Burkhard The Romantic Historian?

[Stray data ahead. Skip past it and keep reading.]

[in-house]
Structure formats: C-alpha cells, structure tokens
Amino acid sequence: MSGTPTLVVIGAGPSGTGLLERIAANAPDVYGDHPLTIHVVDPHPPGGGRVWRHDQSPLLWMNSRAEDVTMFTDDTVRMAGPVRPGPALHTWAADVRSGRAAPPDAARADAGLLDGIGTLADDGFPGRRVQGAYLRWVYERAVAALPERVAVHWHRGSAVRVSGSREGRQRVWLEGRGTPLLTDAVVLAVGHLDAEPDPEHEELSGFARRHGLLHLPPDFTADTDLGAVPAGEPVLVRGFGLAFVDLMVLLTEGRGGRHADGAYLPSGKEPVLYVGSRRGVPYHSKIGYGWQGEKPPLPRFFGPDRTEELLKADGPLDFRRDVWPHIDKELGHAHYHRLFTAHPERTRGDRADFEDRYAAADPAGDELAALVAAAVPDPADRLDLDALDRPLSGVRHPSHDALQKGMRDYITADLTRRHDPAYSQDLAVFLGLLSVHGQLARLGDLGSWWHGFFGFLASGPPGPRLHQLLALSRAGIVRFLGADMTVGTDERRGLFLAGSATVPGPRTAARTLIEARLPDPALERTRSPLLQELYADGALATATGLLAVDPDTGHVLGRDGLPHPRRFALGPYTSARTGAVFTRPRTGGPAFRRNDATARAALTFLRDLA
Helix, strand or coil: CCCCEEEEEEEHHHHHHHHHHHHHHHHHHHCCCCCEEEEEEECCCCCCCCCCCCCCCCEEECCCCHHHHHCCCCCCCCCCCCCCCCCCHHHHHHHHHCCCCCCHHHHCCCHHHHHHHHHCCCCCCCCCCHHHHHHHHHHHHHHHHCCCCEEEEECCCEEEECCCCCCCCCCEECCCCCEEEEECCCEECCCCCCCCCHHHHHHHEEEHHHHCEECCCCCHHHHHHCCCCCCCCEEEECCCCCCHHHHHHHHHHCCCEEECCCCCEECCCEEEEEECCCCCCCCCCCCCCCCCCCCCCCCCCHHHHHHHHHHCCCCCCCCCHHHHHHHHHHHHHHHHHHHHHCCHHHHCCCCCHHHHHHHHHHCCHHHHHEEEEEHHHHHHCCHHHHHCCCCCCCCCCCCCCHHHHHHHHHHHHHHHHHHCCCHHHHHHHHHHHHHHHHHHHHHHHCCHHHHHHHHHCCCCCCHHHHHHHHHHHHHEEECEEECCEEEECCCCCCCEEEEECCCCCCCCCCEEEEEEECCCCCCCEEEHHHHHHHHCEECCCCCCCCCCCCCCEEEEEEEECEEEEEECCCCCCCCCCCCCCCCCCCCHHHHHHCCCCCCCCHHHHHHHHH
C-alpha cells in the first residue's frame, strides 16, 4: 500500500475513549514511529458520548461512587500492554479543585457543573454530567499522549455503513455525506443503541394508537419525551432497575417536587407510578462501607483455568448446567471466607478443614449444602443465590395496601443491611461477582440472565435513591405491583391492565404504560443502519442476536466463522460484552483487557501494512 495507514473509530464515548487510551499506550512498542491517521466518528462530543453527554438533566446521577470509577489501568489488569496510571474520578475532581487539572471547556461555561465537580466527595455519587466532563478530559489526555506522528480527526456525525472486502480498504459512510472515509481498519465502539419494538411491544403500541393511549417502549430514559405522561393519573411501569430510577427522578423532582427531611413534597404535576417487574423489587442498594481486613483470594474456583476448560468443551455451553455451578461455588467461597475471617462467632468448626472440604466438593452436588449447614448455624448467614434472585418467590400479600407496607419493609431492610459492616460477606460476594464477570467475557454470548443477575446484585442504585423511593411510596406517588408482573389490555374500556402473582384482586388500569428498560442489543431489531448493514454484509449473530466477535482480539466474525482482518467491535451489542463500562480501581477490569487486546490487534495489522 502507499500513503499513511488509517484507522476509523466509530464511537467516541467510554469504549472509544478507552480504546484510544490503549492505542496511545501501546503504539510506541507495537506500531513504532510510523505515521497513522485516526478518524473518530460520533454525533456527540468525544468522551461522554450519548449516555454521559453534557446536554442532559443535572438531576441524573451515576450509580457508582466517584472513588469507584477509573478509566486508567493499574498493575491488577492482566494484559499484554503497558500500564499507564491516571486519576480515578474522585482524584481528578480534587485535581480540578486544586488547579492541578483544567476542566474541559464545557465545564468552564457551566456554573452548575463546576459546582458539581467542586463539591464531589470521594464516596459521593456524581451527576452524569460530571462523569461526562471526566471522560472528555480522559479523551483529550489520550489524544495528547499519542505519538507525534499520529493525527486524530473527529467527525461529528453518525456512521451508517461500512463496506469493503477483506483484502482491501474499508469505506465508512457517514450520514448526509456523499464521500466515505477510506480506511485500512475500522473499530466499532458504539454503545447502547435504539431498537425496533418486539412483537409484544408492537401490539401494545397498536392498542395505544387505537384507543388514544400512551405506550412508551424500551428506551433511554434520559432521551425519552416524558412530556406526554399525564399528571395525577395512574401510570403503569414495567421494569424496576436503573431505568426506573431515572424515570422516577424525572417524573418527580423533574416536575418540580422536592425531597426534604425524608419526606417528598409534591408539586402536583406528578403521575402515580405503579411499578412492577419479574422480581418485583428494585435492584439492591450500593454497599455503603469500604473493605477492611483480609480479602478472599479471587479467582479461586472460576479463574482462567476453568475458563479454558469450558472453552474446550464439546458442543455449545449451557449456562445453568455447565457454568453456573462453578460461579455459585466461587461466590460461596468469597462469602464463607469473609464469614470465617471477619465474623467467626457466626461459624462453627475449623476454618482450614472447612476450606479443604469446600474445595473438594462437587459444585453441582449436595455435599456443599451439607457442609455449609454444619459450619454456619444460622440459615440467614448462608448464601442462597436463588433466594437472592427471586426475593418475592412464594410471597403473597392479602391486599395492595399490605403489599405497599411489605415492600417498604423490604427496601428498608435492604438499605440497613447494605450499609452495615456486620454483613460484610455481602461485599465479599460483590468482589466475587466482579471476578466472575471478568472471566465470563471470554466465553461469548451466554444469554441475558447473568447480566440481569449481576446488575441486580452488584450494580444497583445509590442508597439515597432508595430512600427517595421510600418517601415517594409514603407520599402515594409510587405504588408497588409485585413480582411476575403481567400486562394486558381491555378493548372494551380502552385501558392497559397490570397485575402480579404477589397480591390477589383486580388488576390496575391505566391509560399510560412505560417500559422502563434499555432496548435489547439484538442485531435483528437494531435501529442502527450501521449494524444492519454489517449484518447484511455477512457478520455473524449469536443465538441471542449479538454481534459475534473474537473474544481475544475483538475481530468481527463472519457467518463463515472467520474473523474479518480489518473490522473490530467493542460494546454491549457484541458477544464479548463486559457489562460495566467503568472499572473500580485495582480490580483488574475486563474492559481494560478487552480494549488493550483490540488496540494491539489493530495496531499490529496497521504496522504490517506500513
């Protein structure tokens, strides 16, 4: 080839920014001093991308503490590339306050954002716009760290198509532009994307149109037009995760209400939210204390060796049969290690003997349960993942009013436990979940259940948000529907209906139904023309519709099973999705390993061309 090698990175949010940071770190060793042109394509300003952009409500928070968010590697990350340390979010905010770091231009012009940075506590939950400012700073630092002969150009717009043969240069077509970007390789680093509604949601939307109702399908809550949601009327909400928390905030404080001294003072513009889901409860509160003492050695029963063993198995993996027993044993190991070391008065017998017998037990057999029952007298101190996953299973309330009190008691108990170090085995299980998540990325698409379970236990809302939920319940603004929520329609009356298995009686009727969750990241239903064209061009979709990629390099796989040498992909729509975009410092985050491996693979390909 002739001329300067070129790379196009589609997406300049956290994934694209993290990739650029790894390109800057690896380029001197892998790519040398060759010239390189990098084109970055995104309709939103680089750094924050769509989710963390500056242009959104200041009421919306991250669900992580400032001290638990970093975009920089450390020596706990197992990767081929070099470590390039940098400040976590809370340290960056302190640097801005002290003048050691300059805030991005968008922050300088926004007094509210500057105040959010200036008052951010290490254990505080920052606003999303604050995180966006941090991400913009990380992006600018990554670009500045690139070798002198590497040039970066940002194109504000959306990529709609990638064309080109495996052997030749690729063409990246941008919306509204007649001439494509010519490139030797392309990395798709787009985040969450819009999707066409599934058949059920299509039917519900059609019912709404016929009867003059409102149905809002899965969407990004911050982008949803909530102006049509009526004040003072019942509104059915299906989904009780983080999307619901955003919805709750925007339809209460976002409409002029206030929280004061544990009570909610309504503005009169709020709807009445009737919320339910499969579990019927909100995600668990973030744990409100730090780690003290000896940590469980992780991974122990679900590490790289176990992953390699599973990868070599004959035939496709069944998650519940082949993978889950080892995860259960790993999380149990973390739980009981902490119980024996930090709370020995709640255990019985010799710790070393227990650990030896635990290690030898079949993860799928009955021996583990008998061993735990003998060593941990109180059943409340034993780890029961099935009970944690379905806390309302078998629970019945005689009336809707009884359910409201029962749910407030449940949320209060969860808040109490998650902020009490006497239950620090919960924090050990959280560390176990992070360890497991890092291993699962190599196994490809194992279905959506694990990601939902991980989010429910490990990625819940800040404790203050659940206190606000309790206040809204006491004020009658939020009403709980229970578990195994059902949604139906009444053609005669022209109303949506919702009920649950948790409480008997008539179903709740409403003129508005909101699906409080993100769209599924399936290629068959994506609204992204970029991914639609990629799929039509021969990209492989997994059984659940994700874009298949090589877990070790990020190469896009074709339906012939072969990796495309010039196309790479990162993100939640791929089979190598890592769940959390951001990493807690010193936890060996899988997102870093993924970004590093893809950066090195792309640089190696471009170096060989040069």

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The romance of the Italian Renaissance has captivated many historians over the years, but very few have studied the era as extensively as Jacob Burckhardt. Raised in Germany during the nineteenth century, Burckhardt was disenchanted by events such as the Industrial Revolution, which he found to be cold and unemotional. He was originally sent to the University of Basil to study Theology, but lost his faith and decided that he would study Art and History. Detached from his own time, Burckhardt found his life’s passion in the culture, art, and people of the Italian Renaissance. After graduation, Burckhardt taught Art History and it was while he was a professor that he began to publish. It was in his third book, The Civilization of the Italian Renaissance, that Burckhardt wrote about the state as a work of art. The book was written as an essay merging the political and cultural aspects of the Renaissance into his book. Burckhardt felt that three elements- the state, culture and religion- were needed to accurately portray history. The intent of this paper is to demonstrate that Burckhardt was a Romantic Historian. The Italian Renaissance was a product of freedom. Italy consisted of many small states with powerful men constantly fighting for the right to rule. Burckhardt believed that from the freedom of chaos everything the Italians created during the Renaissance became art. “A new fact appears in history – the state as the outcome of reflection and calculation, the state as a work of art.” His thesis was that the state was a work of art founded by individuals through reflection and calculation. Without a strong centralized national government, the Italians were free to create states, study antiquities and push forth a new culture filled with art and literature. The goal for many great men during the Italian Renaissance was to unify Italy. Those men lived
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